A Most Dangerous Game (Tenth Ordinary)

Jesus responded, “Who do you think are my mother and brothers?” Looking around, taking in everyone seated around him, he said, “Right here, right in front of you – my mother and my brothers. Obedience is thicker than blood. The person who obeys God’s will is my brother and sister and mother.” (Mark 3: 33 – 35)

Jesus is often perturbed by his detractors’ illogic. They say Jesus drives out demons by the power of Satan. But, Jesus asks in disgust: “How can Satan drive out Satan?” The comment makes no sense. Of course, as Jesus knew well, he illogic is the point. Jesus’ critics wanted to keep people off balance and confused and thus fearful of following Christ’s countercultural ways.

During the rise of Nazism in Germany, the party relied on similar irrationality. As Yale professor Timothy Snyder explains in On Tyranny, “Fascists rejected reason in the name of will, denying objective truth in favour of a glorious myth articulated by leaders.” That myth included scapegoating Jews for the inequities real and perceived that they felt.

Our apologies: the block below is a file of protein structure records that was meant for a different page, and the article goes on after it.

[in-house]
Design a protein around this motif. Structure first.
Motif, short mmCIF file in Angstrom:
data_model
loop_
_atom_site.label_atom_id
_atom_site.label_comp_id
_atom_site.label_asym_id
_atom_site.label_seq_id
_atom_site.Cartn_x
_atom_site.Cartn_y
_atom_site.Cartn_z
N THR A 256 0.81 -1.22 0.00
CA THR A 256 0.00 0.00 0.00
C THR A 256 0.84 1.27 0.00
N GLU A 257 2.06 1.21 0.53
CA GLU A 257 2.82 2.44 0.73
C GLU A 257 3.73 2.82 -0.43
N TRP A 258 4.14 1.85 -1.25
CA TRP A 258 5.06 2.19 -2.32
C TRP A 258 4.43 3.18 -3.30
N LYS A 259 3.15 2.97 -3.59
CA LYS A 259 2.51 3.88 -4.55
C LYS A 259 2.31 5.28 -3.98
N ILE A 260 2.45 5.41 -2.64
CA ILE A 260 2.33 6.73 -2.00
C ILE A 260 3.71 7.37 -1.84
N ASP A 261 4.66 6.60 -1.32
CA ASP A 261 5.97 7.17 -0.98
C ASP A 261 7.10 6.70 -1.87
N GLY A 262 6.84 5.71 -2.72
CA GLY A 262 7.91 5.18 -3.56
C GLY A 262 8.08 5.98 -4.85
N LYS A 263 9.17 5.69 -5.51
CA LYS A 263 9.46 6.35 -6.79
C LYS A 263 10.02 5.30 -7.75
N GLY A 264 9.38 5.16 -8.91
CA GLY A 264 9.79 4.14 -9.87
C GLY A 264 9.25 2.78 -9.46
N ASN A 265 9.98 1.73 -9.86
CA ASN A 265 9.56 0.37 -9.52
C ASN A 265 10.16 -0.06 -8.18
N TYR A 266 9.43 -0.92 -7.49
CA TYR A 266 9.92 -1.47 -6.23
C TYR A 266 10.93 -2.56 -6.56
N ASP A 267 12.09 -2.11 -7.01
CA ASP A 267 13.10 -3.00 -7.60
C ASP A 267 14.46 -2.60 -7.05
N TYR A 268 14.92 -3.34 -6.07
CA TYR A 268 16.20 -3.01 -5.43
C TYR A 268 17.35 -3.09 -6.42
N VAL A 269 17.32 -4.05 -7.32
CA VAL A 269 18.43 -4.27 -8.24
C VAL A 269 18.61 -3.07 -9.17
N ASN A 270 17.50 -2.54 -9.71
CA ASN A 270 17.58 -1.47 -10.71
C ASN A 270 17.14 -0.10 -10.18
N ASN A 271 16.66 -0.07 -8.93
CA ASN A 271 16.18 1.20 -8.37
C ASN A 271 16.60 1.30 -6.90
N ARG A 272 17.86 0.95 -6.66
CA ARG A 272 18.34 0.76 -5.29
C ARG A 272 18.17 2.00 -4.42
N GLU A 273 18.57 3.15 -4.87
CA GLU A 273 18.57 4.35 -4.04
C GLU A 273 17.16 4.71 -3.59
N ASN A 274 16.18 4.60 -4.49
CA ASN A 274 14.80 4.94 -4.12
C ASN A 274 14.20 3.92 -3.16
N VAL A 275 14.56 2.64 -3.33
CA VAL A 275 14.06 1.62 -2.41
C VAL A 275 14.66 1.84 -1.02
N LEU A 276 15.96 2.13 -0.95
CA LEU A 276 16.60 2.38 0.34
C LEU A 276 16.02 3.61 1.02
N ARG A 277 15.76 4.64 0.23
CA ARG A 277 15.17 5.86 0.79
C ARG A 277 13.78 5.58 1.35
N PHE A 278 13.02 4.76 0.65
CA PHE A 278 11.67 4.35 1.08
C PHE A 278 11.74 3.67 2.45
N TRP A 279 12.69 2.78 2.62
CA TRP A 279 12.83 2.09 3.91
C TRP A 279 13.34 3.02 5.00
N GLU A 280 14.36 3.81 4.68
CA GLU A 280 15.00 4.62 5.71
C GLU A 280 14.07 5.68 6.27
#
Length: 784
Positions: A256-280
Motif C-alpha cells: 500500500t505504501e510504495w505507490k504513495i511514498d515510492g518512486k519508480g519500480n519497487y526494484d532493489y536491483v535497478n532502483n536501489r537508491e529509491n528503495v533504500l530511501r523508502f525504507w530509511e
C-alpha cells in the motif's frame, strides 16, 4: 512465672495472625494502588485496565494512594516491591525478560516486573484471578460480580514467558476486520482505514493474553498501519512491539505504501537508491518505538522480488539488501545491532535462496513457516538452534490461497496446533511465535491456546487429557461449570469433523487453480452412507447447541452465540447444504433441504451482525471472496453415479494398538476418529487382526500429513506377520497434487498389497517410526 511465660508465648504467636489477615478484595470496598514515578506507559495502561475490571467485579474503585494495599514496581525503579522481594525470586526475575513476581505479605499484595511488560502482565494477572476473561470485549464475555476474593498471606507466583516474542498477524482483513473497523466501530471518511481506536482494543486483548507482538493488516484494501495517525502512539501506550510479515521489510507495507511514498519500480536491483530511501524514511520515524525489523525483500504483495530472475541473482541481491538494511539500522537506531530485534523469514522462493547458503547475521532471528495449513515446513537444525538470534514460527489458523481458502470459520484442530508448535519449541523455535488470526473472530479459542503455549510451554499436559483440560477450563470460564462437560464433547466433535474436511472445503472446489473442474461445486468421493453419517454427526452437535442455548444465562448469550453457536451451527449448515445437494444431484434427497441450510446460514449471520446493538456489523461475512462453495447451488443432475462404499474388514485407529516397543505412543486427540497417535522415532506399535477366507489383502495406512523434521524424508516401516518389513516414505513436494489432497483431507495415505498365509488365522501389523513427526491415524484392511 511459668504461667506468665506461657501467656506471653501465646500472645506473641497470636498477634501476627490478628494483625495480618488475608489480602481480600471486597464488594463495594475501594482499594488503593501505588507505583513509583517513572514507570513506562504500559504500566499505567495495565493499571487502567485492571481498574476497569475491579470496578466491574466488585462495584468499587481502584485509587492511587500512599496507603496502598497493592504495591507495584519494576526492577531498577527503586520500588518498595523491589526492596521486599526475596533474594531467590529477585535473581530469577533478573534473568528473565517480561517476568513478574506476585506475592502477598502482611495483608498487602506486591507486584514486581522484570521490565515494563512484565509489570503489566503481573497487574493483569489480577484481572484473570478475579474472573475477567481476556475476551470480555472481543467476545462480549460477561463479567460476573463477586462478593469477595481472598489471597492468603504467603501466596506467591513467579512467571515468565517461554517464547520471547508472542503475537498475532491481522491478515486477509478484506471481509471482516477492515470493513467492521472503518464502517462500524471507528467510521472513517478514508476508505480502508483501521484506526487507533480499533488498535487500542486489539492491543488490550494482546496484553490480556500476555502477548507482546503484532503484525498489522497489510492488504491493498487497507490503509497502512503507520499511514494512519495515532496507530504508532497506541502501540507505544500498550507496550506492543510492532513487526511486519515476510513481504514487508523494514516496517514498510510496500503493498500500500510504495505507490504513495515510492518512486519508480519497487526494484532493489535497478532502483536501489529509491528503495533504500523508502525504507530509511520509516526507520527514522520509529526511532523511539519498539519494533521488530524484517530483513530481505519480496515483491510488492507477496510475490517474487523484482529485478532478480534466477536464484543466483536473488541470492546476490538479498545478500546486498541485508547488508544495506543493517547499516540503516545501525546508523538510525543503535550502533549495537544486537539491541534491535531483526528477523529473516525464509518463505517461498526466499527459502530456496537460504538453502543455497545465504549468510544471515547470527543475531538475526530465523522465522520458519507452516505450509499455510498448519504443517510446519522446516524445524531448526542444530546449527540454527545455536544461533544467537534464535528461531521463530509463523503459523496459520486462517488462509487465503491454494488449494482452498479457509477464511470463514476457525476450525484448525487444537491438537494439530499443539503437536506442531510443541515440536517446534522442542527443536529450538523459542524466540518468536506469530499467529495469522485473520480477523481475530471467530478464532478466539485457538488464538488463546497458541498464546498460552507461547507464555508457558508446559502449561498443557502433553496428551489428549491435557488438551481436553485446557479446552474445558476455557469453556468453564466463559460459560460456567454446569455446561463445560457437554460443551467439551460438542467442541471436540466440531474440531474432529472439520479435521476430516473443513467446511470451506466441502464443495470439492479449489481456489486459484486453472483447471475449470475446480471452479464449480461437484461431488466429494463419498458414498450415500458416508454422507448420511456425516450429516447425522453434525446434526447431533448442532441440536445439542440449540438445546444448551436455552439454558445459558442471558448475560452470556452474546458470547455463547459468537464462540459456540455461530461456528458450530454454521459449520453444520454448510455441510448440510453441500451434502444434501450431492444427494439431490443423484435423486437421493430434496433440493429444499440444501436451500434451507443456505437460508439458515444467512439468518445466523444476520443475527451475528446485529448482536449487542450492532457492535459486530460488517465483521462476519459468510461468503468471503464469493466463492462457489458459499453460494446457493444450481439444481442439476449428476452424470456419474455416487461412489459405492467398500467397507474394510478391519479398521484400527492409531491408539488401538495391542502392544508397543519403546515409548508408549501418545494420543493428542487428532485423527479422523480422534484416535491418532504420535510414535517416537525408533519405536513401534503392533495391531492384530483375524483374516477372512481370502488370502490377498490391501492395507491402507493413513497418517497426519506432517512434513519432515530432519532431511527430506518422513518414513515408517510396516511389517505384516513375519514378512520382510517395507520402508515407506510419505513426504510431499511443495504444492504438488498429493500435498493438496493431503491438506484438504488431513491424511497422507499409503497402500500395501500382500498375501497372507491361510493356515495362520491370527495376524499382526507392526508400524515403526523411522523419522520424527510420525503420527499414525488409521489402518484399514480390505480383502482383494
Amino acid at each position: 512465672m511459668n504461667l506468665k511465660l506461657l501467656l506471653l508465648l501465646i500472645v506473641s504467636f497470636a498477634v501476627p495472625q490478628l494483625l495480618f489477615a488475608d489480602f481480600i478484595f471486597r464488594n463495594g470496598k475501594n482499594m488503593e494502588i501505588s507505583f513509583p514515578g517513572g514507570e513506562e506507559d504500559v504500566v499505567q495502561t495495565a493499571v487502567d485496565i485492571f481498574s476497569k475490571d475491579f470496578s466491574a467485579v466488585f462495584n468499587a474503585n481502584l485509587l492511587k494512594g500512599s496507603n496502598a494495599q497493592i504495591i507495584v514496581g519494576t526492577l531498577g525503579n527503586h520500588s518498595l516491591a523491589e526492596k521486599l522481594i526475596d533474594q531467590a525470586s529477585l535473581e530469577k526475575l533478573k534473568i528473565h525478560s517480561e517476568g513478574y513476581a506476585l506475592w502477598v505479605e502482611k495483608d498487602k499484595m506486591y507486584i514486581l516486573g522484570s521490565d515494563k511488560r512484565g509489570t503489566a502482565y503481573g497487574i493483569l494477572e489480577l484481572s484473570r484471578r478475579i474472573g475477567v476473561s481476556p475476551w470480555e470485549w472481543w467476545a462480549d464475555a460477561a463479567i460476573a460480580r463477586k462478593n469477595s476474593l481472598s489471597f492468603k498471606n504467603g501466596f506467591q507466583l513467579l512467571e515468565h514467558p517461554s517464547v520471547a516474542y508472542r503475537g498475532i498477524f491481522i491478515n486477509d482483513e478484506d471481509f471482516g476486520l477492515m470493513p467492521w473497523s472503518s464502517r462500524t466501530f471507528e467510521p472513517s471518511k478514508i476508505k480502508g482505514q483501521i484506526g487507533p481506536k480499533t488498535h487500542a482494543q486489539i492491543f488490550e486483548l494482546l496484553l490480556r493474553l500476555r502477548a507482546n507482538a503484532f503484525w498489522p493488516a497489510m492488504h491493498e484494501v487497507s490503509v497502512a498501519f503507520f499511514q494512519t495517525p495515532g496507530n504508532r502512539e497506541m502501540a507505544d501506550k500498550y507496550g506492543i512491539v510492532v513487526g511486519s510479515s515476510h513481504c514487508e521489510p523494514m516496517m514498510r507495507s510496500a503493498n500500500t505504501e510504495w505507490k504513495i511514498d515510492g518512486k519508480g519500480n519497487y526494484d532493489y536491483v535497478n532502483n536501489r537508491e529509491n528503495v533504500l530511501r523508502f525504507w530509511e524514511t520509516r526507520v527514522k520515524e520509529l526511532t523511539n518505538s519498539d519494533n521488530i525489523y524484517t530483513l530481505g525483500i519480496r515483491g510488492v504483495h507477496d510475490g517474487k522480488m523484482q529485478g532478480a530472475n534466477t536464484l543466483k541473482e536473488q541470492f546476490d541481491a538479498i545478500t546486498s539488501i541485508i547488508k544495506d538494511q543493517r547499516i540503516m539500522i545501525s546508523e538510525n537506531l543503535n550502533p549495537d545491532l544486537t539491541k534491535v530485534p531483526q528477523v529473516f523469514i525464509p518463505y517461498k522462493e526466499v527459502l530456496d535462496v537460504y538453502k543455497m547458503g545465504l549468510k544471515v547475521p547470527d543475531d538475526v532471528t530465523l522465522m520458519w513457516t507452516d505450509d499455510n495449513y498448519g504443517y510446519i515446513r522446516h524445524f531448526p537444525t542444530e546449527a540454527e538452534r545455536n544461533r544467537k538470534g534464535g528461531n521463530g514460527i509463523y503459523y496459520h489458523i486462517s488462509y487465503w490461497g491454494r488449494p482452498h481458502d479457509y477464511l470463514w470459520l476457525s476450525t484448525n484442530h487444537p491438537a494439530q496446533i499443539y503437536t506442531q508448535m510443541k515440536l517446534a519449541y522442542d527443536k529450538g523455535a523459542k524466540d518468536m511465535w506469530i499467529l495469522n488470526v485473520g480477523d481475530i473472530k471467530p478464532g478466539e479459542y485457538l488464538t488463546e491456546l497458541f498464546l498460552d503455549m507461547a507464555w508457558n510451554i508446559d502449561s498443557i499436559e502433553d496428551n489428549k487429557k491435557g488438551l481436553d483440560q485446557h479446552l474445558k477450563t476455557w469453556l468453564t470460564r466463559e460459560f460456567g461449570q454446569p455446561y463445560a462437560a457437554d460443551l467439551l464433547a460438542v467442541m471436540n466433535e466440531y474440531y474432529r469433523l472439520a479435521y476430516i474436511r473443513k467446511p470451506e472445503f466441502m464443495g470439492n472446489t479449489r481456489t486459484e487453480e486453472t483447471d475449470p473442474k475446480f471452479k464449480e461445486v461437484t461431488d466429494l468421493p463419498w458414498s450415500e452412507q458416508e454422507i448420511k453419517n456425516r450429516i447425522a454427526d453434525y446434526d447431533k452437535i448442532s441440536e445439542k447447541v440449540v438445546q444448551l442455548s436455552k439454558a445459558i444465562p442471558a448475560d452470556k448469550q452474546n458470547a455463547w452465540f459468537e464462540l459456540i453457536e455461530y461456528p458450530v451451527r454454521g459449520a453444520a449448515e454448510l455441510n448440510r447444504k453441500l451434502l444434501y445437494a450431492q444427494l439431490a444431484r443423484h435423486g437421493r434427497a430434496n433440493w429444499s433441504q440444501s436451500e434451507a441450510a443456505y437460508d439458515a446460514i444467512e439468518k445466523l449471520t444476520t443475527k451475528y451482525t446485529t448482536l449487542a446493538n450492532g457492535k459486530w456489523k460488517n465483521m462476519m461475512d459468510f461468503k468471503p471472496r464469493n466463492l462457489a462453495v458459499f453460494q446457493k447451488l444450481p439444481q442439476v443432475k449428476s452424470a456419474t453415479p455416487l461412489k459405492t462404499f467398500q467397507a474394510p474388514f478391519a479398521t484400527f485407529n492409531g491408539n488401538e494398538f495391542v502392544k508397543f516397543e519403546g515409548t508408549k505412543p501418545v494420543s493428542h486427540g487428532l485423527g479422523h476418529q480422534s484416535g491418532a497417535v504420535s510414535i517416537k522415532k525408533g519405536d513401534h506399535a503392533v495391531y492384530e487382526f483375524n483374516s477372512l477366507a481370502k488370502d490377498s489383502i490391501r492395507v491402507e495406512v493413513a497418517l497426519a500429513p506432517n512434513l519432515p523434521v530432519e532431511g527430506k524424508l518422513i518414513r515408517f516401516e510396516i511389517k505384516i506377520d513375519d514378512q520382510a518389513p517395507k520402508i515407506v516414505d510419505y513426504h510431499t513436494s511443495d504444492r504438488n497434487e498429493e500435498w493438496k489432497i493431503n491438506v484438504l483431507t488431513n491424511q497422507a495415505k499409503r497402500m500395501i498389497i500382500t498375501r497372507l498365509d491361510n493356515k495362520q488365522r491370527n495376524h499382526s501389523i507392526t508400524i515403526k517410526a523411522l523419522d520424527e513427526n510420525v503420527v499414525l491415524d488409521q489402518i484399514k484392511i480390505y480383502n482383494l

Snyder tells the story of Teresa Prekerowa, a young Polish woman who witnessed this evil myth take hold. After the Germans invaded Poland in 1939 and forced Jews in Warsaw to move to a restricted area of the city, “Teresa now observed that people quietly allowed their Jewish friends to slip away from their lives … At great risk to herself, Teresa chose to enter the Jewish ghetto a dozen times, bringing food and medicine to Jews she knew and Jews she didn’t know.” Later in life when asked about her extraordinary actions, Teresa called what she did “normal.”

Making loving acts of kindness “normal” is the dangerous game Christ calls us all to play.

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